To remove something little by little,.

To gradually and relentlessly make something smaller, weaker or less effective.

 

To interrupt a conversation to add in more information or detail; to contribute one’s share in a group.

 

To remove something in small pieces, e.g. chipping old paint off the door.

130.

choke … back

choke … down

choke off

 

 

choke up

To suppress one’s emotions, e.g. choke back the tears.

To eat with difficulty.

To prevent someone from doing something or stop something happening.

 

To be very unhappy or worried about something.

131.

chop … down

chop … off

chop … up

To fell a tree by cutting it.

To separate something from another by cutting it.

To cut into small pieces, e.g. They chop up some firewood to make a fire.

132.

chow down

To eat.

133.

chuck away/out

chuck … in

chuck … out

 

 

chuck up

To throw something away.

To give up or stop doing something, e.g. chuck one’s job in.

To expel someone from a place, e.g. got chucked out of the club.

 

To vomit.

 

134.

churn out

 

churn up

churn ... up

To produce something in large quantities without caring about quality.

To damage the surface of something.

To make someone upset, nervous or angry.

135.

clam up

To suddenly stop talking because of some reason.

136.

clamp down

To take firm action to prevent something happening.

137.

claw at

 

 

claw ... back

To scratch or tear at someone or something with the claws or fingernails.

 

To gradually regain something by working very hard.

138.

clean … out

 

 

 

 

 

 

clean up

To make a place tidy and free from dirt, e.g. We cleaned our new house out thoroughly before we moved in.

To steal all the contents from a place, e.g. Burglars completely cleaned our glass cases out of all the antique jewellery.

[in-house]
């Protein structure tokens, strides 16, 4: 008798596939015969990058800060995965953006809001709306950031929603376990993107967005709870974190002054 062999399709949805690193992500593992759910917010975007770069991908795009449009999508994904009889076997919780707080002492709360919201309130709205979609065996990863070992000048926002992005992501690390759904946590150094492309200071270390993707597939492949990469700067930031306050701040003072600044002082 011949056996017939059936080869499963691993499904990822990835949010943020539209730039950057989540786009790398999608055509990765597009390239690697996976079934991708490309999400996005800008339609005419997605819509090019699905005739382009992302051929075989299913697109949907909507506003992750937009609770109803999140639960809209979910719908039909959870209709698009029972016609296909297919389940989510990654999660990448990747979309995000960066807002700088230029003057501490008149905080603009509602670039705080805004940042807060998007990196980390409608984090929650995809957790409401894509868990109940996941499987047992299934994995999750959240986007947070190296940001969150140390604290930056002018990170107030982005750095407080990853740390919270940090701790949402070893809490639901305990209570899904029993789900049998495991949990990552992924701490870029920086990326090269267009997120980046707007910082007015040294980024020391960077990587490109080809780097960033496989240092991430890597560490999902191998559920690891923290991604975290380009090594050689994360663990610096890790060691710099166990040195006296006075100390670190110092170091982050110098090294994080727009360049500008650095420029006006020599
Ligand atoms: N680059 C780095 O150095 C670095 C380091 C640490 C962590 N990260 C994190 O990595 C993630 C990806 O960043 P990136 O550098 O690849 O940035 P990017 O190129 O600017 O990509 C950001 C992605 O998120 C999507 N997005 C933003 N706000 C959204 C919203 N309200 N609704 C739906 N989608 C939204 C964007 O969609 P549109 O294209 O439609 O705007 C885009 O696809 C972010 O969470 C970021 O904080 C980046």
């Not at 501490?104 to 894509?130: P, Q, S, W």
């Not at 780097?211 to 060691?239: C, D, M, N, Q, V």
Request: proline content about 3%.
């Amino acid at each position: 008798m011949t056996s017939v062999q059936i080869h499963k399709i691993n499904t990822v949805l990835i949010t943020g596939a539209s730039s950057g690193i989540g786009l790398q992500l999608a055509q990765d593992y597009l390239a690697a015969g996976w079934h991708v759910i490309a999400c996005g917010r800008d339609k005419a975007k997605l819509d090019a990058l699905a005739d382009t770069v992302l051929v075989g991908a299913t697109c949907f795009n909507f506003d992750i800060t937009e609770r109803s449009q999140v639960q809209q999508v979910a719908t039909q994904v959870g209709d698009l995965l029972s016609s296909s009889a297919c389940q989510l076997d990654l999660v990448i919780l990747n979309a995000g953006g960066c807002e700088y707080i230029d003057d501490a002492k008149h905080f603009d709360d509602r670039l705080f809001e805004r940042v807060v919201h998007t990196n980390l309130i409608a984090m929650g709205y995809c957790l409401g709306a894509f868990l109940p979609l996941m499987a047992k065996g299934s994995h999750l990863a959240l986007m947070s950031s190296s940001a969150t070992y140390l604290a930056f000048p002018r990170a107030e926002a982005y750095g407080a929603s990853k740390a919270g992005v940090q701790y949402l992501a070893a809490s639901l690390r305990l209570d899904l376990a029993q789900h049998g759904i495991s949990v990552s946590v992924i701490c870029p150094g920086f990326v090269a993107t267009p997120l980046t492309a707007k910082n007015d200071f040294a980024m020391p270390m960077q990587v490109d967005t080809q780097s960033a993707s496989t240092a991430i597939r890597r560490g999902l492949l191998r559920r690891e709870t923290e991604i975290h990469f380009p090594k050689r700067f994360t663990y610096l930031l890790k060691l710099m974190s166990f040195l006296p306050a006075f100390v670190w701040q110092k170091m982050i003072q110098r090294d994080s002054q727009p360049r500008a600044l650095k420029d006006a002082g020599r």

To cause someone to spend all their money, e.g. My medical bill really cleaned me out.

 

To take all of someone’s money or possessions.

To make something completely clean and tidy.

To make a substantial gain or profit.

139.

clear away

 

 

clear off

 

clear out

 

 

clear … out

 

 

clear up

 

 

clear ... up

To make a place look tidy by removing remains of a meal from the table or putting things back where they belong.

 

To go away quickly from a place.

 

To leave a place quickly, e.g. Police cleared people out of the cinema after receiving a call that a bomb had been planted inside.

 

To tidy a place by disposing of something, e.g. We haven’t cleared the storeroom out for ages.

 

(Something) to get better or disappear, e.g. when weather clears up, it gets better or if an illness clears up, it disappears.

 

To make a place tidy by removing unwanted items, e.g. The child has been warned repeatedly to clear his toys up after his father stepped on one and broke it into pieces.

To explain something that is hard to understand, e.g. Most find the instructions difficult to understand, but further explanations cleared everything up.

To cure something such as an infection, etc., e.g. The regular intake of medicine has cleared my sore throat up.

(Weather) to become clear, e.g. The sky had been full of dark clouds since morning, but by afternoon it cleared up,

140.

cleave to

To still regard a belief, etc. as true when it is not.

141.

click on

To begin a computer operation by pressing on the computer mouse button.

142.

climb down

To make an ignominious withdrawal from a position taken up.

143.

cling to

To hold tightly to a belief, idea, etc.

144.

clock in/out

 

clock up

 

To record on a special card using an automatic recording clock one’s time of arrival at or departure from work.

To reach a particular number or amount, especially the number of flight hours a pilot has attained to date.

145.

clog up

To be become blocked, e.g. The drain was so clogged up that water and material inside flows over its edges.

146.

close down

 

 

close in

 

 

close off

 

 

close up

To stop broadcasting (television station at the end of the day), or doing business permanently (shop, company, etc.)

 

To move closer to someone or something, e.g. the police close in to make an arrest or a pack of wolves closing in to kill their prey.

 

To close a place for a specified reason, e.g. a road is closed off for repair.

 

To be closed to the public temporarily, e.g. a building closes up for a particular reason.

147.

cloud over

(Sky) to become full of clouds or black clouds.

148.

club together

To share the cost of something by combining with others to collect a sum of money.

149.

clue … in

To inform someone about something.

150.

clump together

To form a group or solid mass.